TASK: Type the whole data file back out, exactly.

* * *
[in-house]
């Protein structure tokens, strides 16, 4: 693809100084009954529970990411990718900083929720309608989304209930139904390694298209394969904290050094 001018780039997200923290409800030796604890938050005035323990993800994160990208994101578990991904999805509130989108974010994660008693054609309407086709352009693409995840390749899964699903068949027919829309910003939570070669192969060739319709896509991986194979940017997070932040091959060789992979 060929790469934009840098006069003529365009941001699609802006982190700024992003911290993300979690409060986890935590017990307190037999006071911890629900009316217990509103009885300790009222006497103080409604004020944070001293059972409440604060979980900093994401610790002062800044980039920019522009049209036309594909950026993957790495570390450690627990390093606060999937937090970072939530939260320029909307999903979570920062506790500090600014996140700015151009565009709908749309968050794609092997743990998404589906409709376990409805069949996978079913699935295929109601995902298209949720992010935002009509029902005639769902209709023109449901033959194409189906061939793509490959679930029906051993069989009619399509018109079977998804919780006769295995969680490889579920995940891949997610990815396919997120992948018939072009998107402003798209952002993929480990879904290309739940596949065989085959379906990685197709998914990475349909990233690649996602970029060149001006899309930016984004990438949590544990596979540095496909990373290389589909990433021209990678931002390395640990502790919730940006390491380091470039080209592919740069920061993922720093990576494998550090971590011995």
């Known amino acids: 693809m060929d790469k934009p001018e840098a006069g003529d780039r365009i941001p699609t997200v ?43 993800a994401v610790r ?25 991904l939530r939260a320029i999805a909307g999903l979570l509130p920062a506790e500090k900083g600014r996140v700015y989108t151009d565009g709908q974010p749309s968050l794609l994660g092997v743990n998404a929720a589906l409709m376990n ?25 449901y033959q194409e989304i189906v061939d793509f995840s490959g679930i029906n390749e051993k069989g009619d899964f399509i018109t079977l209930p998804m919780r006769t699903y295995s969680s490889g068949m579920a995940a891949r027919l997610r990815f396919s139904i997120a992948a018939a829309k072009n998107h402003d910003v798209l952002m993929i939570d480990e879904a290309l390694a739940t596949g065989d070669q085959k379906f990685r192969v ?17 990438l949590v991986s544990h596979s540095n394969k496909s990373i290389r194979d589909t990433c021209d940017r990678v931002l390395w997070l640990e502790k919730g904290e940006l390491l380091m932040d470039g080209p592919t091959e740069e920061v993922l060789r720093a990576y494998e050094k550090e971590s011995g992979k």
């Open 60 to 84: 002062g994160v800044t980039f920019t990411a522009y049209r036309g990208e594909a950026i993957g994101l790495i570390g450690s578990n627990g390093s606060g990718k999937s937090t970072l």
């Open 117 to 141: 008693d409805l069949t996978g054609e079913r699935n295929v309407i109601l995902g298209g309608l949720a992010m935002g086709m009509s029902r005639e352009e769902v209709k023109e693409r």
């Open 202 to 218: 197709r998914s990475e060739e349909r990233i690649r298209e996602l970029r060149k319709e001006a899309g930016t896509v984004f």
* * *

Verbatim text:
[in-house]
């Protein structure tokens, strides 16, 4: 693809100084009954529970990411990718900083929720309608989304209930139904390694298209394969904290050094 001018780039997200923290409800030796604890938050005035323990993800994160990208994101578990991904999805509130989108974010994660008693054609309407086709352009693409995840390749899964699903068949027919829309910003939570070669192969060739319709896509991986194979940017997070932040091959060789992979 060929790469934009840098006069003529365009941001699609802006982190700024992003911290993300979690409060986890935590017990307190037999006071911890629900009316217990509103009885300790009222006497103080409604004020944070001293059972409440604060979980900093994401610790002062800044980039920019522009049209036309594909950026993957790495570390450690627990390093606060999937937090970072939530939260320029909307999903979570920062506790500090600014996140700015151009565009709908749309968050794609092997743990998404589906409709376990409805069949996978079913699935295929109601995902298209949720992010935002009509029902005639769902209709023109449901033959194409189906061939793509490959679930029906051993069989009619399509018109079977998804919780006769295995969680490889579920995940891949997610990815396919997120992948018939072009998107402003798209952002993929480990879904290309739940596949065989085959379906990685197709998914990475349909990233690649996602970029060149001006899309930016984004990438949590544990596979540095496909990373290389589909990433021209990678931002390395640990502790919730940006390491380091470039080209592919740069920061993922720093990576494998550090971590011995």
């Known amino acids: 693809m060929d790469k934009p001018e840098a006069g003529d780039r365009i941001p699609t997200v ?43 993800a994401v610790r ?25 991904l939530r939260a320029i999805a909307g999903l979570l509130p920062a506790e500090k900083g600014r996140v700015y989108t151009d565009g709908q974010p749309s968050l794609l994660g092997v743990n998404a929720a589906l409709m376990n ?25 449901y033959q194409e989304i189906v061939d793509f995840s490959g679930i029906n390749e051993k069989g009619d899964f399509i018109t079977l209930p998804m919780r006769t699903y295995s969680s490889g068949m579920a995940a891949r027919l997610r990815f396919s139904i997120a992948a018939a829309k072009n998107h402003d910003v798209l952002m993929i939570d480990e879904a290309l390694a739940t596949g065989d070669q085959k379906f990685r192969v ?17 990438l949590v991986s544990h596979s540095n394969k496909s990373i290389r194979d589909t990433c021209d940017r990678v931002l390395w997070l640990e502790k919730g904290e940006l390491l380091m932040d470039g080209p592919t091959e740069e920061v993922l060789r720093a990576y494998e050094k550090e971590s011995g992979k």
């Open 60 to 84: 002062g994160v800044t980039f920019t990411a522009y049209r036309g990208e594909a950026i993957g994101l790495i570390g450690s578990n627990g390093s606060g990718k999937s937090t970072l």
């Open 117 to 141: 008693d409805l069949t996978g054609e079913r699935n295929v309407i109601l995902g298209g309608l949720a992010m935002g086709m009509s029902r005639e352009e769902v209709k023109e693409r």
């Open 202 to 218: 197709r998914s990475e060739e349909r990233i690649r298209e996602l970029r060149k319709e001006a899309g930016t896509v984004f």